When I was in my late 20s, I worked with a lady who had recently retired. Virginia (as I will call her) volunteered a few days each week at the public-service organization where I worked. One day, as we were assembling materials for a direct-mail publicity campaign, we began to talk about money.
I will never forget the wisdom that Virginia passed on to me that day. “When you are young, you spend money to get to know who you are—what you like, what you don’t like, what you may want in the future. Once you’re older, you will spend less because you know you who are. Many choices are clearer and easier.”
As I approach the age of Virginia when she spoke those words to me, I think about them often. I wonder: Do I really know what I want the senior phase of my life to be? And every article I come across about the financial needs and strategies of seniors automatically grabs my attention—partly because I am a financial educator, but even more because of my personal concerns— those quiet fears that sometimes lead to restless nights. Questions, rational and irrational, materialize in my head, feeling menacing and foreboding, as if presaging a downward spiral into financial chaos.
I wake up worried, but as the daylight gets stronger those unsettling thoughts dissipate. The reason is that I took Virginia’s wisdom to heart. The fact is that I know myself pretty well at this point, and I have a clear idea about the choices I will need to make to be financially secure, contented, and vital in my old age.
Determine the Lifestyle You Want and Can Afford
The big financial questions I face as I approach my golden years really come down to a single question: Given my financial resources and my ongoing financial commitments, what kind of life can I afford? What seniors want is to have a retirement income well-aligned with their needs and desires— and that means something a li le different for each individual.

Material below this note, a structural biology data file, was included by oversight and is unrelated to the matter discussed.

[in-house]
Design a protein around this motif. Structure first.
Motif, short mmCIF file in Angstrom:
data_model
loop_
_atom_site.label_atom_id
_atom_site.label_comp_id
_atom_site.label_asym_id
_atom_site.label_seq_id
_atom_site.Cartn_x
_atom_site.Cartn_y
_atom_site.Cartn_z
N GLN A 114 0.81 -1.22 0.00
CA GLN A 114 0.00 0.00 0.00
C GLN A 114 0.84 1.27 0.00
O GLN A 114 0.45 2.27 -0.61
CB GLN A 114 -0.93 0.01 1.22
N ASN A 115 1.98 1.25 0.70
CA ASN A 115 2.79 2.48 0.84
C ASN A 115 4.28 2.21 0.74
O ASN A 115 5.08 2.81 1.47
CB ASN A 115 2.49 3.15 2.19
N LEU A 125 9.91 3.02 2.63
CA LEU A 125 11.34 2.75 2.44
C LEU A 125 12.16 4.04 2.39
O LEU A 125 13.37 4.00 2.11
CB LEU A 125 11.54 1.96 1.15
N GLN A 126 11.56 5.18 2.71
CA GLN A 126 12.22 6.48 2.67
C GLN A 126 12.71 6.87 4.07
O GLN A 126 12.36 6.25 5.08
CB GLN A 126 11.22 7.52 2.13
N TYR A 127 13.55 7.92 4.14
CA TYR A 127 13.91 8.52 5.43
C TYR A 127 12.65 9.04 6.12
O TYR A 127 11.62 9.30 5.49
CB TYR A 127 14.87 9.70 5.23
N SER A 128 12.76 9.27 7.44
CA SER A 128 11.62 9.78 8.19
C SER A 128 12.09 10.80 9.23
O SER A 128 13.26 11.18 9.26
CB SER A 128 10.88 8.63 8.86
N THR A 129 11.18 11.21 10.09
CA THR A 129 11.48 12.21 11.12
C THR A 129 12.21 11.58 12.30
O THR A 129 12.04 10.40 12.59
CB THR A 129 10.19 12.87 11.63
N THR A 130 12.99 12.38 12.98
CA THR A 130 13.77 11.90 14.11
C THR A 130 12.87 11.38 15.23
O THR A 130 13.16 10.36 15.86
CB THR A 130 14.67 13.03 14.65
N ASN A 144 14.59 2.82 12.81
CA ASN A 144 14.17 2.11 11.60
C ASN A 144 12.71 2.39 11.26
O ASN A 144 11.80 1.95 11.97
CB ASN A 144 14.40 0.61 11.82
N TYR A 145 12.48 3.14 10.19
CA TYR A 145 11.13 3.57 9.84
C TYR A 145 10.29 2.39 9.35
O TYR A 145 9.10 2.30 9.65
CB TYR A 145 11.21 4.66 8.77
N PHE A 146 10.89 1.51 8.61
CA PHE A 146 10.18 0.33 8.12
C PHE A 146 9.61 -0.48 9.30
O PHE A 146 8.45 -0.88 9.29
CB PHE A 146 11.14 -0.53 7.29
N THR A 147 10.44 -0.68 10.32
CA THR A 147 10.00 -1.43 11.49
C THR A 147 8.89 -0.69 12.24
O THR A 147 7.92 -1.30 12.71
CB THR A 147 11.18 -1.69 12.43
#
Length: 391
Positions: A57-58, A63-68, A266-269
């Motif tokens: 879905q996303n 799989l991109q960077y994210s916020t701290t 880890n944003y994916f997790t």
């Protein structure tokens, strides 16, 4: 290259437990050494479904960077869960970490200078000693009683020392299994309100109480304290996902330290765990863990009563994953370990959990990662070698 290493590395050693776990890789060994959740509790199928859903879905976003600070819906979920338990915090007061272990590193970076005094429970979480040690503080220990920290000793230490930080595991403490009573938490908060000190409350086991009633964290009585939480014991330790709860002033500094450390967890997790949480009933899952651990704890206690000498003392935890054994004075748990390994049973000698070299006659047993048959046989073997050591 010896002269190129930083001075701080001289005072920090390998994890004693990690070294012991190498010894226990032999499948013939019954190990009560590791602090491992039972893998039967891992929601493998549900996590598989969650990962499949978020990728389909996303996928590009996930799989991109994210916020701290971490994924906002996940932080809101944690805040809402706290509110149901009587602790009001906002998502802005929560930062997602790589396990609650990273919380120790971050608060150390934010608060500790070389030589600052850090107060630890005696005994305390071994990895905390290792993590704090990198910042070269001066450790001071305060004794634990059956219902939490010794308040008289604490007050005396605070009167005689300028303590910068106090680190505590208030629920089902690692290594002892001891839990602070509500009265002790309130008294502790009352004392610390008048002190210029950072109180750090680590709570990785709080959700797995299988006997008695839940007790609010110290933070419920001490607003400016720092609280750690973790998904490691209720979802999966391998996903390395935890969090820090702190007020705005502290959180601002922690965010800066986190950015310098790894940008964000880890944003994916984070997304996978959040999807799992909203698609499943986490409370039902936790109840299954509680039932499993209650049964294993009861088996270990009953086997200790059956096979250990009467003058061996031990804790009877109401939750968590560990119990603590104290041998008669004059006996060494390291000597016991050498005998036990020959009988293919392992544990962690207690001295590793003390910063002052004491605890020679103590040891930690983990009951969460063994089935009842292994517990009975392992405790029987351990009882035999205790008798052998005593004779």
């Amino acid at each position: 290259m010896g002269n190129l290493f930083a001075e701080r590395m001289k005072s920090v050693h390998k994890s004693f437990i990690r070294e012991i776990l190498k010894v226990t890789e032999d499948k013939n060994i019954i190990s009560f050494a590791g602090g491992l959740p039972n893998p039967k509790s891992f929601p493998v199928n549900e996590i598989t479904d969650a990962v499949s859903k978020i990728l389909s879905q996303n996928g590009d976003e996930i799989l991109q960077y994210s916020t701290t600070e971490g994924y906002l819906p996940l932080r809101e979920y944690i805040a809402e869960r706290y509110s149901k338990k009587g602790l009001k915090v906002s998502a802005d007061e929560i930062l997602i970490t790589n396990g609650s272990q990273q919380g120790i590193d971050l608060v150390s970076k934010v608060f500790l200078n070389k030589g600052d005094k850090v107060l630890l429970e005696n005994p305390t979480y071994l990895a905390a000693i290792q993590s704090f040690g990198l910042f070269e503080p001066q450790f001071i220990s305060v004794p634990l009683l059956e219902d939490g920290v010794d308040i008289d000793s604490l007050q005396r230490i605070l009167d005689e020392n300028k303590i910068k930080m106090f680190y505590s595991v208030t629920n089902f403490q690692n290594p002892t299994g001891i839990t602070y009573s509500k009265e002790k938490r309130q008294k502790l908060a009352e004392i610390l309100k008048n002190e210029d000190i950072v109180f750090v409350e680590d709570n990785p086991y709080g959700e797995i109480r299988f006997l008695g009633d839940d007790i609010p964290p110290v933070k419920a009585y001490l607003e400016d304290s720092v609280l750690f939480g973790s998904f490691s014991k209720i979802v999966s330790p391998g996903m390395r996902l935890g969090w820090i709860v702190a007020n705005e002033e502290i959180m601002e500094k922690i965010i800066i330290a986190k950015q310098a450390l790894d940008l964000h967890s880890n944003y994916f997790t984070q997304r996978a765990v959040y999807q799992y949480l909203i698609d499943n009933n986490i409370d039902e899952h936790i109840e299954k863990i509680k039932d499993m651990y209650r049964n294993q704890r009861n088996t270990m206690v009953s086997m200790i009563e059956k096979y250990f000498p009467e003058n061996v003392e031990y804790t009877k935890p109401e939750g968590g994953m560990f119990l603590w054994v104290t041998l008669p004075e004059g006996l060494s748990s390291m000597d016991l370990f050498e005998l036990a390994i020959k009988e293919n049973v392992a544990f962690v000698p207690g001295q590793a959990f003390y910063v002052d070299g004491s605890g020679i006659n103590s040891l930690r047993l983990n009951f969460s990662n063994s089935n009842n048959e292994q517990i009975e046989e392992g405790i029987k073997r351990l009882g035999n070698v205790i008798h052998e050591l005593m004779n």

For this reason, it’s important to figure out in advance what your incomings and outgoings will be during this new phase of your life. Depending on your mindset and comfort level, the numbers can be a rough or detailed. For most people, the more information you have, the better. This way there are unlikely to be any unfortunate surprises.
The first question to ask is what you hope to do in old age. Which of these describes your main goal?
• To luxuriate in a life free of schedules and daily commitments.
• To continue working in your chosen profession, but at a less intense level, perhaps letting it slowly wind down over me.
• To supplement your retirement income through additional work in order to meet primary obligations, such as children still in school.
• To replace work with voluntary activities at a cultural or arts organization, a local charity, a hospital, or an after-school tutorial program.
• To travel the world or move to a different area or country for a lifestyle you’ve long dreamed of.
• To help your children get on the proper- ty ladder and/or set money aside for the future education of your grandchildren.
Each decision has financial repercussions. Establishing your goals and objectives in advance will help you assess what your retirement lifestyle is likely to cost and what adjustments you may have to make. Of course, once you actually see what the reality is, further adjustments will need to be made, but these should not be totally surprising or severe.
Assess Your Risks
Perhaps the biggest worry most people have about retirement is the fear of outliving your financial resources. Given increasing longevity, this risk is especially significant if, like so many people nowadays, you lack a traditional pension or an annuity that will pay you for life. One way to reduce this risk is to follow a model that dictates how much of your nest egg you should draw down each year. The classic guideline is the “Four Percent Rule.” According to this model, if you spend approximately four percent of your nest egg each year, your remaining funds (savings, investments, and so on) should last your entire life me. You can gradually increase this percentage each year as your me horizon (i.e., your life expectancy) shortens.
However, there is some new research that others other guidelines based on changing interest rates and the performance of the investment markets as well as the individual’s me horizon. Regardless of which approach you take; the key is to have a plan in place and then reassess and adjust it periodically as economic and personal conditions change.
Another significant risk factor—one that is insidious because it is essentially invisible. Over me, in a on erodes your financial security by reducing the purchasing power of your money. During a period, your nest egg’s value—that is, the amount of goods and services that can be bought with it—will decline because the costs of those good and services increase faster than your money grows.
The rest of this editorial will be published in print.